President Biden delivers grim debt ceiling warning while sharply criticizing Republicans
Hiroshima, Japan (CNN) — President Joe Biden issued a stark warning Sunday that congressional Republicans could use a national default to damage him politically and acknowledged time had run out to use potential unilateral actions to raise the federal borrowing limit, a sharp shift in tone days before the deadline to reach an agreement.
Characterizing GOP proposals as “extreme” and warning they couldn’t gain sufficient support in Congress, Biden said he wasn’t able to promise fellow world leaders gathered in Japan for Group of 7 talks the US would not default.
“I can’t guarantee that they will not force a default by doing something outrageous,” he said.
Biden’s remarks, delivered as he prepared to return to Washington, were the latest indication that talks between the White House and congressional Republicans remain far apart.
He was expected to speak by phone with House Speaker Kevin McCarthy shortly after taking off aboard Air Force One, though it wasn’t clear whether that conversation would break the logjam.
“My guess is he’s going to want to deal directly with me in making sure we’re all on the same page,” he said.
Republicans have been seeking spending cuts in the federal budget in exchange for their support to raise the nation’s borrowing limit. On Sunday, Biden acknowledged “significant” disagreement with Republicans in some areas, insisting that while he’s willing to cut spending, tax “revenue is not off the table” as part of the deal.
“Much of what they’ve already proposed is simply, quite frankly, unacceptable,” Biden said at the news conference. “It’s time for Republicans to accept that there’s no bipartisan deal to be made solely, solely on their partisan terms. … They have to move, as well.”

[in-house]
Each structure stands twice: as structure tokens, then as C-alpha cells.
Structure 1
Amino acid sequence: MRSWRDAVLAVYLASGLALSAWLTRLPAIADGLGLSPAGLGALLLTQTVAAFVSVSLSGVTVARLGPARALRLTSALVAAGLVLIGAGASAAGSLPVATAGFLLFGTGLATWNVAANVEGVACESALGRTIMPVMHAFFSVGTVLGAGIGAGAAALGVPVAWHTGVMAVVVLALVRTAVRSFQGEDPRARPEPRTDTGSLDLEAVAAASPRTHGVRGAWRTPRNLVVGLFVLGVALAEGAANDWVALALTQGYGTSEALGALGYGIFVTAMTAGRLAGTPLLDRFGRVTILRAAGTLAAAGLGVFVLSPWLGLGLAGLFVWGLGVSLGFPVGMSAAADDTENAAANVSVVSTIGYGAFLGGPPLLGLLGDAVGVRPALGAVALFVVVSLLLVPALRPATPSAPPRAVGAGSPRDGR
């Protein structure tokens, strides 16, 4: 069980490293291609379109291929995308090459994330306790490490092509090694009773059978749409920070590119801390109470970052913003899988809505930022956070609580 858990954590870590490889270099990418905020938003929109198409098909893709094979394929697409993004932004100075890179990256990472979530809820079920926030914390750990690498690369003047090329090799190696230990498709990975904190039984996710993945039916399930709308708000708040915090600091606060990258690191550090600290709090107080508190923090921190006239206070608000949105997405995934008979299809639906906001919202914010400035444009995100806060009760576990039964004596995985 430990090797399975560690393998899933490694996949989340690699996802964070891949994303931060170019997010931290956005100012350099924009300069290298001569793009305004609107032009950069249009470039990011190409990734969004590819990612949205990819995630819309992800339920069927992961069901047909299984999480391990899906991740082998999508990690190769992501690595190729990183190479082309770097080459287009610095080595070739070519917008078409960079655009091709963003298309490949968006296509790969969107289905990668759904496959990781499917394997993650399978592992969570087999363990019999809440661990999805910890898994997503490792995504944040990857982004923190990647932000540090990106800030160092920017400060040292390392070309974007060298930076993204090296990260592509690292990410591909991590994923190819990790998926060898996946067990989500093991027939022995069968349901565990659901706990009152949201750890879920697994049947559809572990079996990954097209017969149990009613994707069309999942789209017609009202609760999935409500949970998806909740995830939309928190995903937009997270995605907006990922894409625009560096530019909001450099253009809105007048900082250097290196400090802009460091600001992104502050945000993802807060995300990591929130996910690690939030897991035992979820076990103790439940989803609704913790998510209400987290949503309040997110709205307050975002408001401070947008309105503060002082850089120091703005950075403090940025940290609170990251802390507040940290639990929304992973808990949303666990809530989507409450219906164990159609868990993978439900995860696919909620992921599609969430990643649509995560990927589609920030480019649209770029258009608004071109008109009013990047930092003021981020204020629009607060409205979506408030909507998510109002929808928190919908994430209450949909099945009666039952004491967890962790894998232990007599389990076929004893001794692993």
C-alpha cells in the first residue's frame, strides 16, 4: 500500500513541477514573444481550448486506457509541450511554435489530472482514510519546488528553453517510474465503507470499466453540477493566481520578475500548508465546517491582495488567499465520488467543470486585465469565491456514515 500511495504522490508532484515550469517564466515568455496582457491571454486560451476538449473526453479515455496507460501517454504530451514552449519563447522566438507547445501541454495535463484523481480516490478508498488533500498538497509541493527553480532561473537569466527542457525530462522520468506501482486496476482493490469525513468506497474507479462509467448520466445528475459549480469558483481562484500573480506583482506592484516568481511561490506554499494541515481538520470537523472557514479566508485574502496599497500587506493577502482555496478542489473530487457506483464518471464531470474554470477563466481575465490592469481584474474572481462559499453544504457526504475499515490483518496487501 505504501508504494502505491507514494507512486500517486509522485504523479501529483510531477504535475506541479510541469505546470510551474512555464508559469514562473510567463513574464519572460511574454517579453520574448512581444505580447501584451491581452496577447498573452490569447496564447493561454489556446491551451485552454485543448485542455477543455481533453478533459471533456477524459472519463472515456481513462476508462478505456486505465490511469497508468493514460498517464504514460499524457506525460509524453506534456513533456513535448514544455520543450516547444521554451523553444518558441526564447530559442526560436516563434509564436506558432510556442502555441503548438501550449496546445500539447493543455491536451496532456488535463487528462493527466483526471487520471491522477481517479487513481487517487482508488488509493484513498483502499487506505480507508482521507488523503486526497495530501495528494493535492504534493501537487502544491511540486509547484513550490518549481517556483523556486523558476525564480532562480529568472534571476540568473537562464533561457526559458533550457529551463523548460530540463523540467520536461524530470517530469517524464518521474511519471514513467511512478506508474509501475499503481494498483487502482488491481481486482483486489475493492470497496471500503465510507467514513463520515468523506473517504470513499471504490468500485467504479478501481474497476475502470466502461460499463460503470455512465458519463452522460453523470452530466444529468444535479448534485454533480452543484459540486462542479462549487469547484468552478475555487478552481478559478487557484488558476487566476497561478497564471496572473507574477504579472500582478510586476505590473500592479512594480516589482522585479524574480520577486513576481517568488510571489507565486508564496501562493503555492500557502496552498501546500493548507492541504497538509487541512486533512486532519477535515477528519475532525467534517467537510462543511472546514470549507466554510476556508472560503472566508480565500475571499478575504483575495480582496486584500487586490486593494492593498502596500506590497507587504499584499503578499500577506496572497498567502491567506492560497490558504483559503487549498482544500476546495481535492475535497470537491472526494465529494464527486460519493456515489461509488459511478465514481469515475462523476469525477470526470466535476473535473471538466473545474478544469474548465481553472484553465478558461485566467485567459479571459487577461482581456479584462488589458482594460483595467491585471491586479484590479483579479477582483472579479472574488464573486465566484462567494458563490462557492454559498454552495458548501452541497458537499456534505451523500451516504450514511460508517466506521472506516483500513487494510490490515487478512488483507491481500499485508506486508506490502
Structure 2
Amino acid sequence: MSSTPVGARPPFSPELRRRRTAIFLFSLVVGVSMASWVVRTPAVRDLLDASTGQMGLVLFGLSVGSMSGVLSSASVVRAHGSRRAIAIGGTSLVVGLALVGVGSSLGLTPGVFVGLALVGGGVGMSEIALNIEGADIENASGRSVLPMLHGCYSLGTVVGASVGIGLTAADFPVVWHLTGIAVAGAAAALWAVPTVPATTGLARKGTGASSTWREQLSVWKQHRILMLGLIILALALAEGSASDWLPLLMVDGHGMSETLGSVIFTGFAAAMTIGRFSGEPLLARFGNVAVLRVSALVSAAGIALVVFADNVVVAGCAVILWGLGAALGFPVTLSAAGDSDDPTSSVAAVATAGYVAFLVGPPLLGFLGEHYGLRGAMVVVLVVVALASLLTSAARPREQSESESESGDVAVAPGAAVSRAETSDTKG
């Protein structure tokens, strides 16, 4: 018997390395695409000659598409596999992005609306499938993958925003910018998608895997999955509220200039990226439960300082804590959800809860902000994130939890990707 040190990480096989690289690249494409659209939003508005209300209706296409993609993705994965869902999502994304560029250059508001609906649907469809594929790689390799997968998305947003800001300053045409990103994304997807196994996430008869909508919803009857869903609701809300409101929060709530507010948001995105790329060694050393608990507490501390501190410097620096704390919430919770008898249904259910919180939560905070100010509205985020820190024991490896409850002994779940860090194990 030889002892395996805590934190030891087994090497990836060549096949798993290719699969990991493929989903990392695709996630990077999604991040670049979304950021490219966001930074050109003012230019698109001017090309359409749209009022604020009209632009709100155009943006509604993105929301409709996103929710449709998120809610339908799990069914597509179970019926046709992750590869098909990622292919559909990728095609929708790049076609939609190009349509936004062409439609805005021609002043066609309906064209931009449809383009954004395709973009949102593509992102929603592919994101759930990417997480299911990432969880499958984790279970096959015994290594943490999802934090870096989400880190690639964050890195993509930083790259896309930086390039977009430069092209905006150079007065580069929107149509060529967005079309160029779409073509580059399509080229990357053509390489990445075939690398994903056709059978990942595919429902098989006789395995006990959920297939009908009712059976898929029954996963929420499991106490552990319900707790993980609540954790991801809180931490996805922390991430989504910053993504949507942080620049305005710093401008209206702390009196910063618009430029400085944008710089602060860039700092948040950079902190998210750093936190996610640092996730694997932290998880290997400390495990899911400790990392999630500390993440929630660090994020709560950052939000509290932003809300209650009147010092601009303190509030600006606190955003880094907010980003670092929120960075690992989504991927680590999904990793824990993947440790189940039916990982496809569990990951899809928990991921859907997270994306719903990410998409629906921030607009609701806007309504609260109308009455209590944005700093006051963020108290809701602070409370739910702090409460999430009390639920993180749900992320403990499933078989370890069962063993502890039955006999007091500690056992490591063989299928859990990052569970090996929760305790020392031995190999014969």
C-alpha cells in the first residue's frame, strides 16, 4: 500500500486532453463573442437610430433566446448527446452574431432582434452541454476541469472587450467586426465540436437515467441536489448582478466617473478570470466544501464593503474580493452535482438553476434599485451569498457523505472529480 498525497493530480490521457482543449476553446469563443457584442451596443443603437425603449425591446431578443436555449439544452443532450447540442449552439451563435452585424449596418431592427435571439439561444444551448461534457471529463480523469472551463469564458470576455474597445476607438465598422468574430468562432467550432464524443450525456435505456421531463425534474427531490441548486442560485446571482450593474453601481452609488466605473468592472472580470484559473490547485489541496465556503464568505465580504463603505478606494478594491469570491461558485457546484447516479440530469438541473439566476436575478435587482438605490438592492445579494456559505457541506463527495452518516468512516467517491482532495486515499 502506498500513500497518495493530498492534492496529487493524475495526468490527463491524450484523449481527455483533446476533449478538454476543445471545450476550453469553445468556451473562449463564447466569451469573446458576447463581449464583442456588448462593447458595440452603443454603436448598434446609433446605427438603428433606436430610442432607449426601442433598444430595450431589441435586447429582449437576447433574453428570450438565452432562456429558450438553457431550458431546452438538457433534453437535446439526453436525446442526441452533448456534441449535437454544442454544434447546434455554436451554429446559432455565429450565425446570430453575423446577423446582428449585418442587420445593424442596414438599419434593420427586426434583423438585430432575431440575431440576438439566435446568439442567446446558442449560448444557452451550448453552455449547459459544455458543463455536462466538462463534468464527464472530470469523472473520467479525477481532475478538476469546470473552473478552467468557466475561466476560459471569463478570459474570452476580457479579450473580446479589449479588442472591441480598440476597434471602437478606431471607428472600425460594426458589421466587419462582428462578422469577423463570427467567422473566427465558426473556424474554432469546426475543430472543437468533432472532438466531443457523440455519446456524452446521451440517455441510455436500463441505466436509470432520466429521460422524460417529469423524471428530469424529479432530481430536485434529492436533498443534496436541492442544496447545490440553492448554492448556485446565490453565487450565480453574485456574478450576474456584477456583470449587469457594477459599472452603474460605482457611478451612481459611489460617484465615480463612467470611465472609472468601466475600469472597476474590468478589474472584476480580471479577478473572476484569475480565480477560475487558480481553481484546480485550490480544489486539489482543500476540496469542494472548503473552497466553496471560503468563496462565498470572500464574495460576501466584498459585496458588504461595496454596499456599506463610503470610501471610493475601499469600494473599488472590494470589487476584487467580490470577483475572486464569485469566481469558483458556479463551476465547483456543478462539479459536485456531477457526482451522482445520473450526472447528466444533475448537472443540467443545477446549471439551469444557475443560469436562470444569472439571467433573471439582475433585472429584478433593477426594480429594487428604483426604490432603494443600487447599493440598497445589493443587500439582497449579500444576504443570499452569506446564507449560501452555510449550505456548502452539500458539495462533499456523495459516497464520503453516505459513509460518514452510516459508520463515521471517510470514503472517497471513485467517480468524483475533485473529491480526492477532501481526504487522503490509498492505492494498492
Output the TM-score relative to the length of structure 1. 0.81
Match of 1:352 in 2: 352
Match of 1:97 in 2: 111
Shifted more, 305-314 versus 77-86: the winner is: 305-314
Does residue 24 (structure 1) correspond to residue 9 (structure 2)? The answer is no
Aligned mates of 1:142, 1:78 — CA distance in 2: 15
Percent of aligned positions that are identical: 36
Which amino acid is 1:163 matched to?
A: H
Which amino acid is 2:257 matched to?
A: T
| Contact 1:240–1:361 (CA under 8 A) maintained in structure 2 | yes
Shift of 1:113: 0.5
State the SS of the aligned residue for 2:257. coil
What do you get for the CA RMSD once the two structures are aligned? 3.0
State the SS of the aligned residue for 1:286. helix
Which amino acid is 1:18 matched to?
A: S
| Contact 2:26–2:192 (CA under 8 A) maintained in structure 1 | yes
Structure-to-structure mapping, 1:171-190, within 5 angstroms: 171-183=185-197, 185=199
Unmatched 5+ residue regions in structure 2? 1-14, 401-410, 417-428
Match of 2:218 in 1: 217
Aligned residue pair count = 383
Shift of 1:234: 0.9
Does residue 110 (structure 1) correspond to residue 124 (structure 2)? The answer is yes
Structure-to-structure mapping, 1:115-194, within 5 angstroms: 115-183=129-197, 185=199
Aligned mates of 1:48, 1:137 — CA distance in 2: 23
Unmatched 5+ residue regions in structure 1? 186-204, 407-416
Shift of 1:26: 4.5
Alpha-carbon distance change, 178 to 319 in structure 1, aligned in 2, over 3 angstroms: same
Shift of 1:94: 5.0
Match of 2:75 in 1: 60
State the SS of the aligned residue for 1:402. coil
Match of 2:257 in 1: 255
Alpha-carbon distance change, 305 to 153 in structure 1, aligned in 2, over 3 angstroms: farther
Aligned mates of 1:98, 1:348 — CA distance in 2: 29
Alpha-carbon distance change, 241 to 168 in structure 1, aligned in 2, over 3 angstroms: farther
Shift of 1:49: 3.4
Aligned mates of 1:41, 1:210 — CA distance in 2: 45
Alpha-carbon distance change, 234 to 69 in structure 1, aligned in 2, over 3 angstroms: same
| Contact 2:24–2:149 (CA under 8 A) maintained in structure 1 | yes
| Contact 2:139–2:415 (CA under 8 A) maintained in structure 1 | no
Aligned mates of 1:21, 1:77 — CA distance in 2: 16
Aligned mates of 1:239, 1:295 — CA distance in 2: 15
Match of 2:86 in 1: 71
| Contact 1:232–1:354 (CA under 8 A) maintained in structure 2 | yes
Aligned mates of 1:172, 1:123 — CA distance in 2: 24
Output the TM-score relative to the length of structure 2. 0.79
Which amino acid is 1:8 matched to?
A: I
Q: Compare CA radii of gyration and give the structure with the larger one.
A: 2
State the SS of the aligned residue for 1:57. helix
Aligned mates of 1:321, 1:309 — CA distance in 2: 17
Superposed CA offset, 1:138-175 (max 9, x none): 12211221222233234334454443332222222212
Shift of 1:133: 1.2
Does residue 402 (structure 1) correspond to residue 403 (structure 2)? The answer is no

Pressed on whether he would be to blame for a default scenario, he said that based on what he’s offered, he should be blameless, but conceded that “no one will be blameless” as he suggested some of his political rivals could be encouraging a default to sabotage his reelection efforts.
“I think there are some MAGA Republicans in the House who know the damage it would do to the economy, and because I am president, and a president is responsible for everything, Biden would take the blame and that’s the one way to make sure Biden’s not reelected,” he said.
Biden outlines shortcomings of 14th Amendment argument
Biden also addressed the possibility of using the 14th Amendment to continue US government borrowing in the absence of a deal, suggesting he has the power but not the time to utilize the unilateral action.
“I think we have the authority. The question is, could it be done and invoked in time that it could not – would not be appealed?” Biden asked, calling the question of whether an appeal could be solved before the default deadline “unresolved.”
Pressed by CNN’s Phil Mattingly to clarify whether he thought he could invoke the 14th Amendment as a serious and tangible option, the president made clear that maneuver would not be successful given the short window remaining.
“We have not come up with unilateral action that could succeed in a matter of two weeks or three weeks. That’s the issue. So it’s up to lawmakers. But my hope and intention is to resolve this problem,” he said.
Treasury Secretary Janet Yellen has warned the US could default on its debts as soon as June 1.
Talks at a standoff in Washington
On Saturday afternoon, McCarthy said negotiators wouldn’t be able to resume talks with the administration until Biden was back in Washington.
“Unfortunately, the White House moved backwards,” the California Republican said. “I don’t think we’re going to be able to move forward until the President can get back.”
Biden has been traveling overseas to attend the Group of 7 summit in Hiroshima, Japan, since leaving Washington on Wednesday. Biden is slated to fly back to DC on Sunday, a shortened version of his trip that originally had stops in Australia and Papua New Guinea before Biden cut the final legs amid debt ceiling talks.
Biden asked his team to coordinate with the speaker to arrange the conversation on Sunday morning Eastern Time, which would be the two men’s first conversation since debt talks appeared to stall amid disputes over spending limits.
Republican Rep. Dusty Johnson of South Dakota confirmed on Saturday that the White House made an offer seeking to cap future spending at current levels, which Johnson called “unreasonable.”
Johnson, a McCarthy ally and chair of the centrist Main Street Caucus, is one of several key players who has been getting briefed by Republican negotiators on the talks.
“Negotiations did not go well today,” Johnson said. “The paper that the White House provided was a major step backward. And it undermined all the progress that was made Wednesday and Thursday. … It has endangered negotiations.”
Johnson warned, “We are at real risk of default.”
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